My last post comparing Singapore’s growth trajectory to the narrative of Singapore as a “Third World” country garnered some fairly wide interest. And some pushback, of course. The most significant is the fair point that rankings of economic output do not tell us much about what it was like to live in Singapore at independence.
Courtesy of my friend and colleague Jeff Petersen at the Cornell library, here is some more evocative evidence. It’s a video made in 1957; I don’t know anything about it, but it looks like a Singapore sales pitch, probably by Malayan Airways, geared towards a Western audience.
The narration says it all.
At first, it looks like any other Eastern city. But if you’re used to Eastern cities, you’ll notice how clean this one is…
Here is the world in miniature, in a city proud to find room for so much, and taking its very character from the people it shelters…
Of all, perhaps, it’s a shopper’s paradise…a glittering showcase of exotic goods…
The major delight of such a cosmopolitan city is the food…
The continuity with contemporary Singapore is staggering.
Personally, I’m delighted to see these old images of Arab Street, Sree Maha Mariamman temple, and other familiar haunts.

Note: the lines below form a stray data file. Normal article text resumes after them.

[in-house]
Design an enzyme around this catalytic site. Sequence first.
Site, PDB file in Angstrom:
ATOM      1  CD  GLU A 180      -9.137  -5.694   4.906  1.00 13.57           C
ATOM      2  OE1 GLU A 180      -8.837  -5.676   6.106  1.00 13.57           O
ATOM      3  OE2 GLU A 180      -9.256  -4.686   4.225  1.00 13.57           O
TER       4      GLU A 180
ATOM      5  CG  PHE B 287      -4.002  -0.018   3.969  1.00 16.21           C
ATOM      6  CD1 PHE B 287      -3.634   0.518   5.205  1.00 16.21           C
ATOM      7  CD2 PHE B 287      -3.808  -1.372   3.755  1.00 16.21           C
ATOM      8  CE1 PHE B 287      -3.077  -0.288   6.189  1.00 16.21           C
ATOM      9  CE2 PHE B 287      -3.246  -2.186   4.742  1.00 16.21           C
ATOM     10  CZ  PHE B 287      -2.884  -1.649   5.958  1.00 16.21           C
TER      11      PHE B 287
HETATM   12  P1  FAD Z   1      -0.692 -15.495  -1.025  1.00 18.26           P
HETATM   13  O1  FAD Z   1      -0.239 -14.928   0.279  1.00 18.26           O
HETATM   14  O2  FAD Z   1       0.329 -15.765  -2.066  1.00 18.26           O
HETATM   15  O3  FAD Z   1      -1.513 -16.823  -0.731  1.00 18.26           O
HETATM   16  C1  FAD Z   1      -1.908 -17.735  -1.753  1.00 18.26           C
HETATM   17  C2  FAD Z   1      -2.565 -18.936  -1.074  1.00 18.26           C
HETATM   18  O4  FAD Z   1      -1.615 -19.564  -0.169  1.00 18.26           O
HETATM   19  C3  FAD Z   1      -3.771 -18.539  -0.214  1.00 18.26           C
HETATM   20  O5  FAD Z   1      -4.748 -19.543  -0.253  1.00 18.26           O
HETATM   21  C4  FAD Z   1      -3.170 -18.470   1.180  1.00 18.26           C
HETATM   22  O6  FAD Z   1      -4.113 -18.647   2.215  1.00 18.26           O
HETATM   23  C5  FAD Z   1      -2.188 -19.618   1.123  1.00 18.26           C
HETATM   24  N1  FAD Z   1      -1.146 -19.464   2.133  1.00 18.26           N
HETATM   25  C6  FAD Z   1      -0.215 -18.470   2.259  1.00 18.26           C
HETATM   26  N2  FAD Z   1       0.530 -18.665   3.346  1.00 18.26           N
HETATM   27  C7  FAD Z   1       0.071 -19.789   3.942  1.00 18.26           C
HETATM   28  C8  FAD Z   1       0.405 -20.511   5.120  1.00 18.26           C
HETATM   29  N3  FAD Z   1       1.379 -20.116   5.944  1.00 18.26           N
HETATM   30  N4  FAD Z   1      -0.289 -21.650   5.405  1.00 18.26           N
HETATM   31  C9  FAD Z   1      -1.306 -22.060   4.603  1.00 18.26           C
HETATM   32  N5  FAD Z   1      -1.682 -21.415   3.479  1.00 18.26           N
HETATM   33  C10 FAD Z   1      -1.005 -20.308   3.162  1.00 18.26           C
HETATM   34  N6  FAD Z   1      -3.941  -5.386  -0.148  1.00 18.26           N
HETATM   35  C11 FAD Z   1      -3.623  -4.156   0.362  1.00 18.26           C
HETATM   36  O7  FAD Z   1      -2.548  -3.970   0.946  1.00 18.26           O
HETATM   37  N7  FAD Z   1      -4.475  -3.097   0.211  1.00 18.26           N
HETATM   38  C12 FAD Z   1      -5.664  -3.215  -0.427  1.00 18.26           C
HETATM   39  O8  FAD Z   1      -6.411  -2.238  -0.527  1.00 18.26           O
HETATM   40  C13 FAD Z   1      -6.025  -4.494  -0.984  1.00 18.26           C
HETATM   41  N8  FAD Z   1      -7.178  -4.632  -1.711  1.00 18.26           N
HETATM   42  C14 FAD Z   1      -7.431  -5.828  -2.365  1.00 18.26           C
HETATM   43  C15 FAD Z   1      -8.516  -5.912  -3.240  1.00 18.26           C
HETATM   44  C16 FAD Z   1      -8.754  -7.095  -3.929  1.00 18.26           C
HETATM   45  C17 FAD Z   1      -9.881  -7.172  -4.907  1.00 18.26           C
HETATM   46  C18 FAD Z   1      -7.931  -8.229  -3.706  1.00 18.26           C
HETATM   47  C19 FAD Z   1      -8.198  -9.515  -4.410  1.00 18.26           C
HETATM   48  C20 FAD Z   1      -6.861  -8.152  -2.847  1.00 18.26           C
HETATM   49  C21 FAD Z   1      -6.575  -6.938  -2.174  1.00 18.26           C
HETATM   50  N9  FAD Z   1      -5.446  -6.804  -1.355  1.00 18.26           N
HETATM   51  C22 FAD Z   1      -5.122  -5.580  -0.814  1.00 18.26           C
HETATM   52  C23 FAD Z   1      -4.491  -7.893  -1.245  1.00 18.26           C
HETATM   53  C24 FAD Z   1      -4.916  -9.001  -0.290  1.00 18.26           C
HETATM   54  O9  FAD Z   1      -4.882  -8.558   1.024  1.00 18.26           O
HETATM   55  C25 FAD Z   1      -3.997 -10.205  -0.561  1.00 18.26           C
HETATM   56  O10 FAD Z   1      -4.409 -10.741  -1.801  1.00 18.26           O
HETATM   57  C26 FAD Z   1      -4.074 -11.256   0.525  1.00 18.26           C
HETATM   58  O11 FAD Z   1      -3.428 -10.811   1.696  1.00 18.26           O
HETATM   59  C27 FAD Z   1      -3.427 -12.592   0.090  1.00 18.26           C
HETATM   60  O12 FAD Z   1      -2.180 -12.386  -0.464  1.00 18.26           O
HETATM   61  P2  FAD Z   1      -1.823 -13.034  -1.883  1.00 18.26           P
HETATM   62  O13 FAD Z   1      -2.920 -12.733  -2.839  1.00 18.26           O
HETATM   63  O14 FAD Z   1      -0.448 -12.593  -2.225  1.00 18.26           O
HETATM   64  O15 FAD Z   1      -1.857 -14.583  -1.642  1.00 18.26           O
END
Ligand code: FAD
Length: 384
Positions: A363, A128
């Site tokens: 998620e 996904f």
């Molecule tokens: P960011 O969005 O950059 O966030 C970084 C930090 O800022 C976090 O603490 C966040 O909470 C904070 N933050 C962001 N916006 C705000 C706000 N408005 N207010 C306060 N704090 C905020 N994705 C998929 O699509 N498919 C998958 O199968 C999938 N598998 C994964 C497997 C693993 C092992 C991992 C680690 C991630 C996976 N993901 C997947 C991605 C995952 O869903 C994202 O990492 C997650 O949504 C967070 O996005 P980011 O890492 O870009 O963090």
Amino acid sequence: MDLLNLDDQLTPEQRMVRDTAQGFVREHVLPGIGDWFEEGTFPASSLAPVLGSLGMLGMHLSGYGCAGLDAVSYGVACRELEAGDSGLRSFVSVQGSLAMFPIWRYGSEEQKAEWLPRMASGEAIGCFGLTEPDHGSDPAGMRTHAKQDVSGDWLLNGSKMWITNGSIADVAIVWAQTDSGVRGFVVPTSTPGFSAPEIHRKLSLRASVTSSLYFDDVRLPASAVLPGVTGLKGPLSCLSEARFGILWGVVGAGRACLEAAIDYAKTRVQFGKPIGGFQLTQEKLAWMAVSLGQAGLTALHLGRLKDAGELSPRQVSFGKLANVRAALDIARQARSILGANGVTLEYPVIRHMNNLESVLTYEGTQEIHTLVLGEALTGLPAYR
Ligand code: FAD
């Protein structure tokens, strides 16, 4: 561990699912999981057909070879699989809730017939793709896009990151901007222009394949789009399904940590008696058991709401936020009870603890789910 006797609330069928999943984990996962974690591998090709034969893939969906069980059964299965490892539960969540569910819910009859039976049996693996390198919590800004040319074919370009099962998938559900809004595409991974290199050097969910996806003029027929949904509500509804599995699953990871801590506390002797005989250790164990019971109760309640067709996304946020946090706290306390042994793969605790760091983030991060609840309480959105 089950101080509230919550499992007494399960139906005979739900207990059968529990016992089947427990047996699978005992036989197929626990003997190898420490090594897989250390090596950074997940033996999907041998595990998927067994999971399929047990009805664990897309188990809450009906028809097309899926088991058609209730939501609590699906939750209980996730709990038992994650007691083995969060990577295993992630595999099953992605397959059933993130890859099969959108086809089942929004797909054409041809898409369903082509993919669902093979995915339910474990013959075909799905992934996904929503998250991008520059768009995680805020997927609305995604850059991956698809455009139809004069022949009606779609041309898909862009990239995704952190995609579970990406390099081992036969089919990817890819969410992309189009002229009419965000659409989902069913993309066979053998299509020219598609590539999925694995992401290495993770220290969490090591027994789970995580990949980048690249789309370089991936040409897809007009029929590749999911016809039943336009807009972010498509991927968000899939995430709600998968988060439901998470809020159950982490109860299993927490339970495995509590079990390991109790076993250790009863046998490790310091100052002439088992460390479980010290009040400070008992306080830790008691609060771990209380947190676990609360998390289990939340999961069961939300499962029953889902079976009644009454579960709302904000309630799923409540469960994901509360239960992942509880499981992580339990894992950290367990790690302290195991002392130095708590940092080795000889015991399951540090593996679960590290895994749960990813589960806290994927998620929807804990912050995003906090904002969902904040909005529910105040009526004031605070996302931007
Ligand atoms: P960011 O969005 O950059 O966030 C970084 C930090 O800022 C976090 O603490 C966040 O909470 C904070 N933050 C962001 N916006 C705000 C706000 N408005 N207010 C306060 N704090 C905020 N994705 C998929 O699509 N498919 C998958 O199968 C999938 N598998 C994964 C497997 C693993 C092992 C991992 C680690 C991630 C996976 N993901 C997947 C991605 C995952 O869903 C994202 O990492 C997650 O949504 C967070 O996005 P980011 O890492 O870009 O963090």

Ian March 25, 2015
Thanks for the posts, which I find very helpful. In case you or others are interested, there is actually a pretty big collection of videos and images of pre-independence Singapore freely available online. There are highly developed areas and others that are less so. There are nicer and more run down parts of the urban area. This is not unlike Hong Kong even today. Here are some samplings you may find useful.
Reflectoire March 26, 2015
Reblogged this on A collection of my reflections.
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anantdeboor April 1, 2015
Great post, Tom. I live here now – and being from Hong Kong, find the contrasts fascinating. The ‘first world’ label can also be looked at in many ways. Particularly interesting is you don’t find many in the ‘first world’ actually referring to themselves as ‘first world’. Both phrases have become slightly anachronistic.